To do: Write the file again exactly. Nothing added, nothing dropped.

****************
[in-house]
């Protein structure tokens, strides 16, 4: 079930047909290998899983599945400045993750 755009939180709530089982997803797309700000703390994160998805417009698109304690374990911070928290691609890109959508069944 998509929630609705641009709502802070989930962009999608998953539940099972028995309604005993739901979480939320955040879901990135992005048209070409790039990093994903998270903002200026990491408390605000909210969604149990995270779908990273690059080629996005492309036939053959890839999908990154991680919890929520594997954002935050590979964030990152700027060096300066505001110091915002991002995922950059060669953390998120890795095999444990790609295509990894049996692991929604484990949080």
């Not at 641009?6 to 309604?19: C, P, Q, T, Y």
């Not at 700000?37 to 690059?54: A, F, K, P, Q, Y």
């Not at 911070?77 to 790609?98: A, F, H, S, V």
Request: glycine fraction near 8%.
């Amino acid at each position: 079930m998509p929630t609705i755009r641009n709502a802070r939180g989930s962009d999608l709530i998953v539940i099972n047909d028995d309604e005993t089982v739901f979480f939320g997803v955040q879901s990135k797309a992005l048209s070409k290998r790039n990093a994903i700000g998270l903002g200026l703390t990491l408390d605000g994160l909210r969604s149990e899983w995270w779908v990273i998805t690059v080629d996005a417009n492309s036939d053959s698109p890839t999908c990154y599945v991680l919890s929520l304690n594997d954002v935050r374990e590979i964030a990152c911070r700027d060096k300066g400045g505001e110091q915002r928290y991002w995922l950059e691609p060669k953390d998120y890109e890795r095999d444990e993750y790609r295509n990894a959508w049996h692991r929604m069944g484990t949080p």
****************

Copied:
[in-house]
């Protein structure tokens, strides 16, 4: 079930047909290998899983599945400045993750 755009939180709530089982997803797309700000703390994160998805417009698109304690374990911070928290691609890109959508069944 998509929630609705641009709502802070989930962009999608998953539940099972028995309604005993739901979480939320955040879901990135992005048209070409790039990093994903998270903002200026990491408390605000909210969604149990995270779908990273690059080629996005492309036939053959890839999908990154991680919890929520594997954002935050590979964030990152700027060096300066505001110091915002991002995922950059060669953390998120890795095999444990790609295509990894049996692991929604484990949080």
């Not at 641009?6 to 309604?19: C, P, Q, T, Y």
């Not at 700000?37 to 690059?54: A, F, K, P, Q, Y």
């Not at 911070?77 to 790609?98: A, F, H, S, V």
Request: glycine fraction near 8%.
């Amino acid at each position: 079930m998509p929630t609705i755009r641009n709502a802070r939180g989930s962009d999608l709530i998953v539940i099972n047909d028995d309604e005993t089982v739901f979480f939320g997803v955040q879901s990135k797309a992005l048209s070409k290998r790039n990093a994903i700000g998270l903002g200026l703390t990491l408390d605000g994160l909210r969604s149990e899983w995270w779908v990273i998805t690059v080629d996005a417009n492309s036939d053959s698109p890839t999908c990154y599945v991680l919890s929520l304690n594997d954002v935050r374990e590979i964030a990152c911070r700027d060096k300066g400045g505001e110091q915002r928290y991002w995922l950059e691609p060669k953390d998120y890109e890795r095999d444990e993750y790609r295509n990894a959508w049996h692991r929604m069944g484990t949080p």